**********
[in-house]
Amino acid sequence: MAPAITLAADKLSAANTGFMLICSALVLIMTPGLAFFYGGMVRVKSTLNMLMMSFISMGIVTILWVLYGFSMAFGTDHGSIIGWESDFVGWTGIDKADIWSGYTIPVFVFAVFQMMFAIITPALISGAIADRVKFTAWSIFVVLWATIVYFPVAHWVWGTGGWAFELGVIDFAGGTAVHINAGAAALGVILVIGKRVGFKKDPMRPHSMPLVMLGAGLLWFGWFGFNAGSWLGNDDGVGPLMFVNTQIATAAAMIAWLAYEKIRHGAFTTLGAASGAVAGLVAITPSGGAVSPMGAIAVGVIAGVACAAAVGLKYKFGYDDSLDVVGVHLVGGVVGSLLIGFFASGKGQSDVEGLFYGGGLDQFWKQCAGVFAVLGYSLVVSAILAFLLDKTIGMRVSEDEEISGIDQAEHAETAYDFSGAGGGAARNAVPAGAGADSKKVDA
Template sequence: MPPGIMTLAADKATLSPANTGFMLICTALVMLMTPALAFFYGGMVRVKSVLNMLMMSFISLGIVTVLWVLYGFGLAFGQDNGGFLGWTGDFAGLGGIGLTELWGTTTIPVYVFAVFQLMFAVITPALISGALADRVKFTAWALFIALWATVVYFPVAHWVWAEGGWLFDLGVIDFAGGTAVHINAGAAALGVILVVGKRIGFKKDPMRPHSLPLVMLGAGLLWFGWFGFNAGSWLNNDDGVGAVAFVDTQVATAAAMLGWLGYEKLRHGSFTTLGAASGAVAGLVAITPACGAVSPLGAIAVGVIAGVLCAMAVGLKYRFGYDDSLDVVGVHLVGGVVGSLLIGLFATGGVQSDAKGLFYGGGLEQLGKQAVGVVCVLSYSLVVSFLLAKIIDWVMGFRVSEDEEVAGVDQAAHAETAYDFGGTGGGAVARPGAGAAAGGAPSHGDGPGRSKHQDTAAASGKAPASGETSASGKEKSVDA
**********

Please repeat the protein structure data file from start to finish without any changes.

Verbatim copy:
[in-house]
Amino acid sequence: MAPAITLAADKLSAANTGFMLICSALVLIMTPGLAFFYGGMVRVKSTLNMLMMSFISMGIVTILWVLYGFSMAFGTDHGSIIGWESDFVGWTGIDKADIWSGYTIPVFVFAVFQMMFAIITPALISGAIADRVKFTAWSIFVVLWATIVYFPVAHWVWGTGGWAFELGVIDFAGGTAVHINAGAAALGVILVIGKRVGFKKDPMRPHSMPLVMLGAGLLWFGWFGFNAGSWLGNDDGVGPLMFVNTQIATAAAMIAWLAYEKIRHGAFTTLGAASGAVAGLVAITPSGGAVSPMGAIAVGVIAGVACAAAVGLKYKFGYDDSLDVVGVHLVGGVVGSLLIGFFASGKGQSDVEGLFYGGGLDQFWKQCAGVFAVLGYSLVVSAILAFLLDKTIGMRVSEDEEISGIDQAEHAETAYDFSGAGGGAARNAVPAGAGADSKKVDA
Template sequence: MPPGIMTLAADKATLSPANTGFMLICTALVMLMTPALAFFYGGMVRVKSVLNMLMMSFISLGIVTVLWVLYGFGLAFGQDNGGFLGWTGDFAGLGGIGLTELWGTTTIPVYVFAVFQLMFAVITPALISGALADRVKFTAWALFIALWATVVYFPVAHWVWAEGGWLFDLGVIDFAGGTAVHINAGAAALGVILVVGKRIGFKKDPMRPHSLPLVMLGAGLLWFGWFGFNAGSWLNNDDGVGAVAFVDTQVATAAAMLGWLGYEKLRHGSFTTLGAASGAVAGLVAITPACGAVSPLGAIAVGVIAGVLCAMAVGLKYRFGYDDSLDVVGVHLVGGVVGSLLIGLFATGGVQSDAKGLFYGGGLEQLGKQAVGVVCVLSYSLVVSFLLAKIIDWVMGFRVSEDEEVAGVDQAAHAETAYDFGGTGGGAVARPGAGAAAGGAPSHGDGPGRSKHQDTAAASGKAPASGETSASGKEKSVDA